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September 13, 2012

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That Does Not Compute

Posted: 12 Sep 2012 12:42 AM PDT

Paul Krugman:

No Details Forthcoming: Hmm. So even on the right, people are complaining that Romney isn't providing enough details about his plans. And I've spoken to journalists who are sure that Romney will be forced to say more before Election Day.
No he won't ... for a very simple reason: his proposals don't add up. He literally can't do what he says he would do, namely cut tax rates on the rich without raising the tax burden on the middle class or making the deficit surge; nor can he propose spending cuts as large as he claims without cutting deeply into programs people depend on.
Another way of saying this, of course, is that his alleged budget plan is actually a fraud.
Why would he do such a thing, and expose himself to the criticism he now faces? Well, why should he have expected this scrutiny? Paul Ryan has been running around for years with a supposed fiscal plan constructed largely out of magic asterisks, and got hailed as a Bold Truthteller. Romney must be asking why the rules have changed.
Apparently, though, they have. And because Romney went with the assumption that he would never be asked to put up, he is now in a position where he can't.

'New and Larger Costs of Monopoly and Tariffs'

Posted: 12 Sep 2012 12:31 AM PDT

Monopolies and tariffs are costly:

New and Larger Costs of Monopoly and Tariffs, by James A. Schmitz, Jr., FRB Minneapolis: Abstract Fifty-eight years ago, Harberger (1954) estimated that the costs of monopoly, which resulted from misallocation of resources across industries, were trivial. Others showed that the same was true for tariffs. This research soon led to the consensus that monopoly costs are of little significance—a consensus that persists to this day.
This paper reports on a new literature that takes a different approach to the costs of monopoly. It examines the costs of monopoly and tariffs within industries. In particular, it examines the histories of industries in which a monopoly is destroyed (or tariffs greatly reduced) and the industry transitions quickly from monopoly to competition. If there are costs of monopoly and high tariffs within industries, it should be possible to see those costs whittled away as the monopoly is destroyed.
In contrast to the prevailing consensus, this new research has identified significant costs of monopoly. Monopoly (and high tariffs) is shown to significantly lower productivity within establishments. It also leads to misallocation within industries: Resources are transferred from high- to low-productivity establishments.
From these histories, a common theme (or theory) emerges as to why monopoly is costly. When a monopoly is created, "rents" are created. Conflict emerges among shareholders, managers and employees of the monopoly as they negotiate how to divide these rents. Mechanisms are set up to split the rents. These mechanisms are often means to reduce competition among members of the monopoly. Although the mechanisms divide rents, they also destroy them (by leading to low productivity and misallocation). ...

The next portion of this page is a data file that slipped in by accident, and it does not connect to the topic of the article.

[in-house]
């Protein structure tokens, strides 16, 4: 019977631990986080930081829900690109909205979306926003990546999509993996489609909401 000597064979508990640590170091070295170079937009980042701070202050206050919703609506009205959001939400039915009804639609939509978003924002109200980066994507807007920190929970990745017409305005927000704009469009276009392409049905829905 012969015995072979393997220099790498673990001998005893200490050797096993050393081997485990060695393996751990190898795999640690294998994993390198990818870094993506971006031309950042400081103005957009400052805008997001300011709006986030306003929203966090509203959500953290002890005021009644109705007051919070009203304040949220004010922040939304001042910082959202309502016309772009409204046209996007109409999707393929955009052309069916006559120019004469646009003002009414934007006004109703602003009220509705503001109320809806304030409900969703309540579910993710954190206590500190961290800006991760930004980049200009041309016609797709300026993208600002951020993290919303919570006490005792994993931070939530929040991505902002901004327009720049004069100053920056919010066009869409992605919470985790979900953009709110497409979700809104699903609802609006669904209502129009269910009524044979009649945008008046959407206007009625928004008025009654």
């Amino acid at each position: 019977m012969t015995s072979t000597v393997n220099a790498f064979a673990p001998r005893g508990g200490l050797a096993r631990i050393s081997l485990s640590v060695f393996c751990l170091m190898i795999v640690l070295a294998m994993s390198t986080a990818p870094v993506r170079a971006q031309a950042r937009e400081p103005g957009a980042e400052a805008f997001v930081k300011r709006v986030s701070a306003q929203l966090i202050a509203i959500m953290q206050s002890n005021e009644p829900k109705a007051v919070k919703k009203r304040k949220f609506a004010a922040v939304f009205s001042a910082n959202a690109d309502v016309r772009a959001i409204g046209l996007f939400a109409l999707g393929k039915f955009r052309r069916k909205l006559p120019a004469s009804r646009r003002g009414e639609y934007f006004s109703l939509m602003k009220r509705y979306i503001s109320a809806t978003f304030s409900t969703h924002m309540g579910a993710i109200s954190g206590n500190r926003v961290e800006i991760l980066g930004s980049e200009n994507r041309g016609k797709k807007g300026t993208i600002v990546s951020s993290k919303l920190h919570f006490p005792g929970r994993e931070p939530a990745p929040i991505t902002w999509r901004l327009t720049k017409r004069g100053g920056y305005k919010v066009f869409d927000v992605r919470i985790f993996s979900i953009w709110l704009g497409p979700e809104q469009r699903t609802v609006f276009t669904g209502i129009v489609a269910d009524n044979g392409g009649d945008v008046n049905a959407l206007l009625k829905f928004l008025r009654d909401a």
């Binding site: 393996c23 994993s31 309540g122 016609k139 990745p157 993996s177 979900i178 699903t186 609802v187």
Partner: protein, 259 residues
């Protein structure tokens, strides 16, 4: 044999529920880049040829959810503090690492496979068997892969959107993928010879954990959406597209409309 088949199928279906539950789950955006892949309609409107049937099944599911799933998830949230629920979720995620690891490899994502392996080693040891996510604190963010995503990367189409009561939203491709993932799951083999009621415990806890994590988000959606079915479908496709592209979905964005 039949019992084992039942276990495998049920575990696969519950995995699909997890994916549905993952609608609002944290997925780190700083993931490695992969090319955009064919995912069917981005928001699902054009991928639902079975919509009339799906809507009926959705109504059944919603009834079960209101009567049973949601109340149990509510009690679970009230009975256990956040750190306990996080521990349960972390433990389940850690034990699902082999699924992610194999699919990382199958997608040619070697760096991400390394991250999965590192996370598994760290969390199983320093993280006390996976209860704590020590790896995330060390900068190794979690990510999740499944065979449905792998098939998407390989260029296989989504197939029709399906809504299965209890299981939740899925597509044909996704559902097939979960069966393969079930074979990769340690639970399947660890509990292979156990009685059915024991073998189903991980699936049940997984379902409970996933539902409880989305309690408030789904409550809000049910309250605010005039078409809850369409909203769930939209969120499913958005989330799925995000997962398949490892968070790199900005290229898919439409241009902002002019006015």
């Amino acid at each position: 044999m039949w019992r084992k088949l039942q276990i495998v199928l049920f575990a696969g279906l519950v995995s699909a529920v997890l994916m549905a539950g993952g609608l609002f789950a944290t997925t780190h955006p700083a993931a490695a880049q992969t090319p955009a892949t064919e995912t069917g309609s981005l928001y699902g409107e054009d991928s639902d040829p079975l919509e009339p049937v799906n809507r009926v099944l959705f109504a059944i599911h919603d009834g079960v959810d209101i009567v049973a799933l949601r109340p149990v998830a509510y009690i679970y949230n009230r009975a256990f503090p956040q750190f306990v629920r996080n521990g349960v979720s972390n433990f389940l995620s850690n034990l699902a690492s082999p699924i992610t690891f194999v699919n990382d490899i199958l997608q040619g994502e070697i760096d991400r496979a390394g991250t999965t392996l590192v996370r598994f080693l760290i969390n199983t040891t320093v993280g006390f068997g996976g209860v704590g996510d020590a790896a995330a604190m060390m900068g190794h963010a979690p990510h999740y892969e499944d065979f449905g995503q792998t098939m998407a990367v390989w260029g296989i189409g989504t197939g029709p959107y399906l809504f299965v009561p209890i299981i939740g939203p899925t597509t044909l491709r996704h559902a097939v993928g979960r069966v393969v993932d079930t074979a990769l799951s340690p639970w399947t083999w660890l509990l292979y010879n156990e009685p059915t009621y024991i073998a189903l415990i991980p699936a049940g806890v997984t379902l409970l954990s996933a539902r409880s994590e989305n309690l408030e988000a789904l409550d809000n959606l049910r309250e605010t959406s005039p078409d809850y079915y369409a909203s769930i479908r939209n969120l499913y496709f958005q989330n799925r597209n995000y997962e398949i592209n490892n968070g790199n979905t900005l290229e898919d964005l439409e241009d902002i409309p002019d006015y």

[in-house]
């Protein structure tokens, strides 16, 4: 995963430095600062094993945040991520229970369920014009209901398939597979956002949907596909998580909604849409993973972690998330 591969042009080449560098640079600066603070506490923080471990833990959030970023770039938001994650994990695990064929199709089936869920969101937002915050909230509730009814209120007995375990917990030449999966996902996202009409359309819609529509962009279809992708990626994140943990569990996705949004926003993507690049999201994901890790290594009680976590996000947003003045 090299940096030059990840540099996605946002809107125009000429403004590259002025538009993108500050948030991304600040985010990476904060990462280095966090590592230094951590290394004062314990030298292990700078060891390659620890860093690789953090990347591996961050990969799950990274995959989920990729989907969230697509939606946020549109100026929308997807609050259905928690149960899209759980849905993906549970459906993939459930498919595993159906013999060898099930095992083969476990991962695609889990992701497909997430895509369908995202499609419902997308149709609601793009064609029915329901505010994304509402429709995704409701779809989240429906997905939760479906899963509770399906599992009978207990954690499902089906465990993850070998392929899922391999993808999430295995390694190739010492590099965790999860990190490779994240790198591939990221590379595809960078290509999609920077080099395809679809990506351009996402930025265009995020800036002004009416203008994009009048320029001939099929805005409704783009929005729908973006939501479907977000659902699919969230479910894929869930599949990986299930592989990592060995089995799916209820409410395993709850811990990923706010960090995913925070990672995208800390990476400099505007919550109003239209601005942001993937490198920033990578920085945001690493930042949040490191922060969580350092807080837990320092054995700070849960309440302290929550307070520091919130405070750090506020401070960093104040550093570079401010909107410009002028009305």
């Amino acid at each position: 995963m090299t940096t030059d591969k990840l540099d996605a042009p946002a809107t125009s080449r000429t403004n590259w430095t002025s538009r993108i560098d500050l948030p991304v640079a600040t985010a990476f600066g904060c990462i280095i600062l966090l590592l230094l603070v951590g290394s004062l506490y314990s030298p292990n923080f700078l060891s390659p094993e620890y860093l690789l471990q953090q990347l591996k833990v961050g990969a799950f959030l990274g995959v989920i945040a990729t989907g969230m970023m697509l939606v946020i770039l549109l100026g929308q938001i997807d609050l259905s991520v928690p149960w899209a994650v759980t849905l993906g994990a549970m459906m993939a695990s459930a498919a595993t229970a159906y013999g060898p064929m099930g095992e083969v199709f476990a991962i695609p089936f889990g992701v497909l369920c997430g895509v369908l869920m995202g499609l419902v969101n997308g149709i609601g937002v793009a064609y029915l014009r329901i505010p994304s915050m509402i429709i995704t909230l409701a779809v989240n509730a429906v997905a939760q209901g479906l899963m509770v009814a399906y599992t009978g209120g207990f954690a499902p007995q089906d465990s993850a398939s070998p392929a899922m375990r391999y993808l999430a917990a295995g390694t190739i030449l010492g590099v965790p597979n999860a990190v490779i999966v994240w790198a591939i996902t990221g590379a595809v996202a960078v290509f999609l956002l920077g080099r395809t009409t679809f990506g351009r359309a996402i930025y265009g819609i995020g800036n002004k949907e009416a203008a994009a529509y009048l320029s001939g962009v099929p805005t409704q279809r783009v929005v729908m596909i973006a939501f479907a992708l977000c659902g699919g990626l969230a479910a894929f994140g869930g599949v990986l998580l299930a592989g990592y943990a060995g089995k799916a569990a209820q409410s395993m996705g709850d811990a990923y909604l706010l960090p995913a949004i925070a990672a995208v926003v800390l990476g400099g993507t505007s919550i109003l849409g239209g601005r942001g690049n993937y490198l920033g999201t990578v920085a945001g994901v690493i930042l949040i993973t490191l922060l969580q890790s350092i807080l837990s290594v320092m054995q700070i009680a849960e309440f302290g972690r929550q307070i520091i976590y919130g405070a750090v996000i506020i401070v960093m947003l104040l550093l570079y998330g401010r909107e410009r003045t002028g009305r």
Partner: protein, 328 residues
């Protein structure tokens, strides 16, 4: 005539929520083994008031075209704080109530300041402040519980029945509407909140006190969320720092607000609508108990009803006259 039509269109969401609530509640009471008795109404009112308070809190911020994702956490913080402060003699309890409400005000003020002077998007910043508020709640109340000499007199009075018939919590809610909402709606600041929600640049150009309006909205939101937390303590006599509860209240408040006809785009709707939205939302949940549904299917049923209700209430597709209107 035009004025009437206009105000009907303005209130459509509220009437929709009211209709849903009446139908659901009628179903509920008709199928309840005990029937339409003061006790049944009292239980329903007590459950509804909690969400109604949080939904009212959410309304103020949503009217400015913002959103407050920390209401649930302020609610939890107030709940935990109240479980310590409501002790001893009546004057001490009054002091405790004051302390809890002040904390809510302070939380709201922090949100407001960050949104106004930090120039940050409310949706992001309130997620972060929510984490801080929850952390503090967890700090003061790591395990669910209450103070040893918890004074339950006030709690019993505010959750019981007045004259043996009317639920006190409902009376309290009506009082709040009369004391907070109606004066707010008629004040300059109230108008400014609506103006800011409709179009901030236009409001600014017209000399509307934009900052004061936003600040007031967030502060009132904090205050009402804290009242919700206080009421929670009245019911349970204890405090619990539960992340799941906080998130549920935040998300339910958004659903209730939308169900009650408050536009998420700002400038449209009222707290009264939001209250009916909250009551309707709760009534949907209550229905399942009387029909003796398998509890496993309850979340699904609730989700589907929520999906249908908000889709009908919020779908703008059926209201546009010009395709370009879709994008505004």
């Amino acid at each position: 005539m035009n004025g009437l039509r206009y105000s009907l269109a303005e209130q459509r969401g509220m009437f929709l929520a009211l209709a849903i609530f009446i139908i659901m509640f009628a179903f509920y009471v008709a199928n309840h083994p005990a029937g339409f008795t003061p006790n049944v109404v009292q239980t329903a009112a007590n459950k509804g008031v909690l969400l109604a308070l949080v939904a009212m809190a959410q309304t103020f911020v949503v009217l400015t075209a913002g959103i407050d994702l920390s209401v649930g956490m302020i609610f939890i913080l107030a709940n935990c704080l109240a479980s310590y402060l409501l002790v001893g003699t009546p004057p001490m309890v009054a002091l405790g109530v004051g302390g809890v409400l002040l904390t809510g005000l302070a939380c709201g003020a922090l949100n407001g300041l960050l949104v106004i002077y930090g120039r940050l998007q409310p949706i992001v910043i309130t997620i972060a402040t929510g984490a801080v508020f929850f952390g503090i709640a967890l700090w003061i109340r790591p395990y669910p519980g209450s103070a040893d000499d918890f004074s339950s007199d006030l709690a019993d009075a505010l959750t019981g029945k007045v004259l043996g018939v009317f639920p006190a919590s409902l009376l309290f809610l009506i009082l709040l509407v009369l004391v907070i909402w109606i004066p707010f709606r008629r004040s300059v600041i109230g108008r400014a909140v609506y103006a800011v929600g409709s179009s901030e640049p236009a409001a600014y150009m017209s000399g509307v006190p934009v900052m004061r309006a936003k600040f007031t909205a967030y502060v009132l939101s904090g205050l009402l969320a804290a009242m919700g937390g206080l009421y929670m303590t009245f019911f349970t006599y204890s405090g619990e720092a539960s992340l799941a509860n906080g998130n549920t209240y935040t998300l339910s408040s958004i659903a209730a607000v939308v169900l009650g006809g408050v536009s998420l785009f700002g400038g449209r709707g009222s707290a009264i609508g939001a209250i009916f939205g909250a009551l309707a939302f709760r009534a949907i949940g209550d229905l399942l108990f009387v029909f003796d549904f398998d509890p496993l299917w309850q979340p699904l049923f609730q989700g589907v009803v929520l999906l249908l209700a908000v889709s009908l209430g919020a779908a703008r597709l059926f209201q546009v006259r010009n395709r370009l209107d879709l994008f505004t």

Links for 09-12-2012

Posted: 12 Sep 2012 12:06 AM PDT

Eichengreen: Audit the Fed?

Posted: 11 Sep 2012 10:10 AM PDT

Barry Eichengreen argues that the Republicans' proposal to audit the Federal Reserve is a bad idea:

Audit the Fed?, by Barry Eichengreen, Commentary, Project Syndicate

He's right.

'Is Medicare Really Going Bankrupt? Definitely Not'

Posted: 11 Sep 2012 10:04 AM PDT

Trudy Lieberman of the Columbia Journalism Review catches CNN getting something right:

Medicare 'bankruptcy': CNN gets it right, by Trudy Lieberman: Hooray for CNN.com, for fact checking the often-heard claim of Medicare's "impending" bankruptcy. CNN's contribution sets a high bar...
The "bankruptcy" language comes up a lot. ... But is Medicare really going bankrupt? Definitely not, says CNN. The network is correct, and the point is crucial.
How did CNN pull away from the fact-checking pack on this one? ... First, CNN reported, as CJR has urged news outlets to do, that only one part of Medicare is in potential trouble—the Hospital Trust Fund, which is financed by payroll taxes. The other parts of Medicare, including Part B, which finances doctor visits, lab tests, and outpatient services, "are adequately financed for now," Medicare trustees have said. ...
CNN pushed further and asked a logical question that most reporters writing about Medicare have missed. When the magic date for "bankruptcy" arrives—2024 according to the Dems, or 2016 if the ACA disappears in a Romney presidency—would Medicare really disappear? Jonathan Oberlander, a health policy expert at the University of North Carolina, told CNN that ... "Medicare is not going bankrupt. Medicare would still have most of the necessary funds to pay those expenses and other parts of the program would be unaffected. Medicare won't go bankrupt in the literal sense in 2016 or 2024 or 2064—or ever." The Centers for Medicare and Medicaid Services, which runs the Medicare program, said this year that even in 2024 the Medicare hospital trust fund could still pay 87 percent of its estimated expenditures, and noted that, "in practice, Congress has never allowed a Medicare trust fund to exhaust its assets." ...
That's not to say that Medicare's cost explosion is not a problem. How to control cost—not just for Medicare but for al the rest of the healthcare system, too—is a central issue that the press needs to clarify. ...

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